The story of the Virgin Mary’s Assumption (as she was dying, her body was lifted up into Heaven) was first recorded at the start of the 3rd century (about 150 years after the incident it relates). At the time, Mary was living at Ephesus, where she was living under the care of the apostle, John. Ephesus was one of the most famous sanctuaries of Artemis, the home of the famous statue of Artemis with many breasts, symbolizing the productive and nurturing powers of the earth. Mary, is also well known for her nurturing and protecting qualities (she is so tender-hearted she cannot deny any sincere request for help).
After witnessing her miraculous assumption, the story goes that the apostles declared this event should be commemorated on the thirteenth of Ab (the full moon of the Jewish lunar month that usually falls in August) “on account of the vines bearing bunches of grapes and on account of the trees bearing fruit, that clouds of hail, bearing stones of wrath, might not come, and the trees be broken, and the vines with their clusters.” Clearly Mary was seen as a protector of the crops and a mediator between the worlds.
As early as the tenth century, the aroma of herbs and flowers was associated with Mary’s victory over death, and people brought medicinal herbs and plants to church (periwinkle, verbena, thyme) to be incensed and blessed, bound into a sheaf and kept all year to ward off illness, disaster and death. In central Europe, August 15 was called Our Lady’s Herb Day. Gertrud Mueller Nelson’s mother kept this holiday alive by taking her daughters on walks, gathering wild grasses, a custom I’ve adopted in Seattle. It’s amazing how many kinds of wild grass grow on my city block.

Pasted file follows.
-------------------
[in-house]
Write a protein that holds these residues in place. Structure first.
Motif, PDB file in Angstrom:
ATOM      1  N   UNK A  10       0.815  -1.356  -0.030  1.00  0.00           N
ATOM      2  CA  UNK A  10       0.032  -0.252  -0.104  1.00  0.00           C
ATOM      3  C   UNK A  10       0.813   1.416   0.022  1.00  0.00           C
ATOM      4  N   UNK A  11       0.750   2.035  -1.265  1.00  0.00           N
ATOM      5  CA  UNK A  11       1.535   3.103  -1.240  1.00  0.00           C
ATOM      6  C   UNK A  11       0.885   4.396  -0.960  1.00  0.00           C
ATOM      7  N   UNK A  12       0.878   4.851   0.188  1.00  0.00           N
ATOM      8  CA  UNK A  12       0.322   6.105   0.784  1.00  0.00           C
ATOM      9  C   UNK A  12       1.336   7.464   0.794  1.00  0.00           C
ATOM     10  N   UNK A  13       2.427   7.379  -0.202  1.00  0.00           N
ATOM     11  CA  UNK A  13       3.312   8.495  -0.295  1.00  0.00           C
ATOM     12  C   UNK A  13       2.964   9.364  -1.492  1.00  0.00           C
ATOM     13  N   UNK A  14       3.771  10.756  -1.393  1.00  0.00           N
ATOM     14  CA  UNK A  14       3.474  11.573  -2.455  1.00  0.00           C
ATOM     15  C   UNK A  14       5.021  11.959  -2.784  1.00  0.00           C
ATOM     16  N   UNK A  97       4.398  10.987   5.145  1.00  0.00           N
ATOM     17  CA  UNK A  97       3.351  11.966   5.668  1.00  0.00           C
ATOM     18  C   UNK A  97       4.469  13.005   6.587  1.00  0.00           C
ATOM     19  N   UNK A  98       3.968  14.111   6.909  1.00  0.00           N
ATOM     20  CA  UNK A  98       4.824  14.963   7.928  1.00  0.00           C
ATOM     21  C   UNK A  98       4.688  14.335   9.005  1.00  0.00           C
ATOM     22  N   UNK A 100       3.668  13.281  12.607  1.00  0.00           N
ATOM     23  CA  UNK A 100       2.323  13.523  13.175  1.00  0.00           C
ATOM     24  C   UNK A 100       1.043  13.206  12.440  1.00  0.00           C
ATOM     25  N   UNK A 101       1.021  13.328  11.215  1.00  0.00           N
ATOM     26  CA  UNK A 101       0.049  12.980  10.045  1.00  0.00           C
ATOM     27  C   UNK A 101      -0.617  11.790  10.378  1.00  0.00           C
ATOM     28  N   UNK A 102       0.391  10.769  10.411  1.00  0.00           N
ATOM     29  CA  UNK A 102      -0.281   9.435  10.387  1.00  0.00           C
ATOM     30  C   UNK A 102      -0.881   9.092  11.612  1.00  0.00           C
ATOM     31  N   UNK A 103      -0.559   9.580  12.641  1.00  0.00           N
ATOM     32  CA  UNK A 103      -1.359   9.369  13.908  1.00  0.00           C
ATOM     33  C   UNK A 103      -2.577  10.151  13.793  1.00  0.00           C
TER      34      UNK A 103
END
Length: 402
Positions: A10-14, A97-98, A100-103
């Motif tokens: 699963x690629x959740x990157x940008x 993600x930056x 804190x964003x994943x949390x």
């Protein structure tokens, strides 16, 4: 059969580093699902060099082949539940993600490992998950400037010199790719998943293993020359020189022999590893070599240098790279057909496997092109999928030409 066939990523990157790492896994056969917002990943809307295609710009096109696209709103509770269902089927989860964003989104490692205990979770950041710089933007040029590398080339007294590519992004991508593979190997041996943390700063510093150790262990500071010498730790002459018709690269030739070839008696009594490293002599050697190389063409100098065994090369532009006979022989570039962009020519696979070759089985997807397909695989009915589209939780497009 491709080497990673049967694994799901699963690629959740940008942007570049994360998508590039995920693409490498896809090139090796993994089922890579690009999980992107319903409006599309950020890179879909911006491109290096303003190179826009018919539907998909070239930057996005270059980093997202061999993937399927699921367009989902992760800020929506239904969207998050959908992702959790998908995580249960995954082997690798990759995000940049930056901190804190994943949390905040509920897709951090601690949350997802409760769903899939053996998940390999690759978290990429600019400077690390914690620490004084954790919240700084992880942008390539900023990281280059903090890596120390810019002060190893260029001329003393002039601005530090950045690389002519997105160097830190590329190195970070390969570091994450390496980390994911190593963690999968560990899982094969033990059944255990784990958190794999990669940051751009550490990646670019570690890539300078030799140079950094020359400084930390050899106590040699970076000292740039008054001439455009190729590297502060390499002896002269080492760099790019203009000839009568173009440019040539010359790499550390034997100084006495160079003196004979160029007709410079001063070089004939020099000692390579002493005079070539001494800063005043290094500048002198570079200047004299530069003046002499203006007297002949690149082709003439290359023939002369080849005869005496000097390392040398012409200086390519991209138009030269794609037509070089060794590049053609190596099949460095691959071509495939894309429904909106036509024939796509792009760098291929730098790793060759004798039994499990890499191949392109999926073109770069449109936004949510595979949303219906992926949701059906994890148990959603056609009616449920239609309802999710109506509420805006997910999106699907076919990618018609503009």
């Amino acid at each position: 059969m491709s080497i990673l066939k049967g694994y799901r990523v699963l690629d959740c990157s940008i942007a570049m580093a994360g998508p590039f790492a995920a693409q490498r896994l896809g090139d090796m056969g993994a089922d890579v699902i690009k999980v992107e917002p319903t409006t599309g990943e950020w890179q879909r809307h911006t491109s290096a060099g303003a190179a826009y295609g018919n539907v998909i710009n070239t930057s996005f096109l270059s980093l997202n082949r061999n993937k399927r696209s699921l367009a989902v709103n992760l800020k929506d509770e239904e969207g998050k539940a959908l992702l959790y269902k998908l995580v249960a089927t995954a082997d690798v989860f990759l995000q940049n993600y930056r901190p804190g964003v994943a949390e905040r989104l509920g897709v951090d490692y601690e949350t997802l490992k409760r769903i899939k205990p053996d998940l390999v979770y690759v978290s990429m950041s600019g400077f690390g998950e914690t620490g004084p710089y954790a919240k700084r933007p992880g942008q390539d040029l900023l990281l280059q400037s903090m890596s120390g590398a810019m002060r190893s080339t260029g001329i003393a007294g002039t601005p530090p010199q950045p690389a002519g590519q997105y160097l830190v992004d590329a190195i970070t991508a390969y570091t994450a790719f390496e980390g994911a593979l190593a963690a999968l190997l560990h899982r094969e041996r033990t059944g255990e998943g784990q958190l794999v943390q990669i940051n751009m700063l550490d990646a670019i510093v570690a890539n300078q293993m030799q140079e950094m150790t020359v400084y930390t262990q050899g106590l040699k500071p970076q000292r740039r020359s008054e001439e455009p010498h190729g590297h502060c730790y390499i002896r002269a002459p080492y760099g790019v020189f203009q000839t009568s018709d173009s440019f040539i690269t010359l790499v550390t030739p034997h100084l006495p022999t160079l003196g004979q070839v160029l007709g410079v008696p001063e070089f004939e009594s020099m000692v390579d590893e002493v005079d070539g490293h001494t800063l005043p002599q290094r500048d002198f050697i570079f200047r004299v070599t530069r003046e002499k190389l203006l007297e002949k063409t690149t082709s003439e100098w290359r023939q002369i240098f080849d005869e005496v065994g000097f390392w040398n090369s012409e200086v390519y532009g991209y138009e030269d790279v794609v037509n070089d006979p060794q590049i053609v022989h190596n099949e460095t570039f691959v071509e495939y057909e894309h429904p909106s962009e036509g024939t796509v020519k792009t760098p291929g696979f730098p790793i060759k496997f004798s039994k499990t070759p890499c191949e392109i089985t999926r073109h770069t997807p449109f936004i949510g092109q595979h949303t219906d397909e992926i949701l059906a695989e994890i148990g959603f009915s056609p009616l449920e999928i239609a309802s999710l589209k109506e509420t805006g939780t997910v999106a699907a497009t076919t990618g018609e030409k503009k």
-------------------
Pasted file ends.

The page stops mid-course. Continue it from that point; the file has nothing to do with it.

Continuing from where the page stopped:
This is the start of Our Lady’s Thirty Days, a tide which lasts until Harvest or Michaelmas and coincides with the astrological sign of Virgo, when animals and plants lose their harmful qualities and all food is considered wholesome. This period of benevolence also coincides with the seven weeks following the full moon of the Jewish month of Av, which are sometimes called the Weeks of Comfort. The readings for these weeks are comforting, promising peace and prosperity.
- On the Nemoralia, August 13th, make washing your hair a ritual. This seems to be an act that was seen as a luxury after a period of fast and deprivation, perhaps even lack of water. So embellish your usual grooming rituals by adding perfume, candles, whatever seems indulgent to you.
- To celebrate the Assumption, go for a walk on Sunday, August 15th. Observe and gather the abundance of the earth mother: the wild herbs, grains and edible plants that you find growing.
- The full moon of Artemis-Hecate falls on August 20th this year. Celebrate by eating garlic or leaving an offering for Hecate at a crossroads.
Nelson, Gertrud Mueller, To Dance With God: Family Ritual and Community Celebration, Paulist Press 1986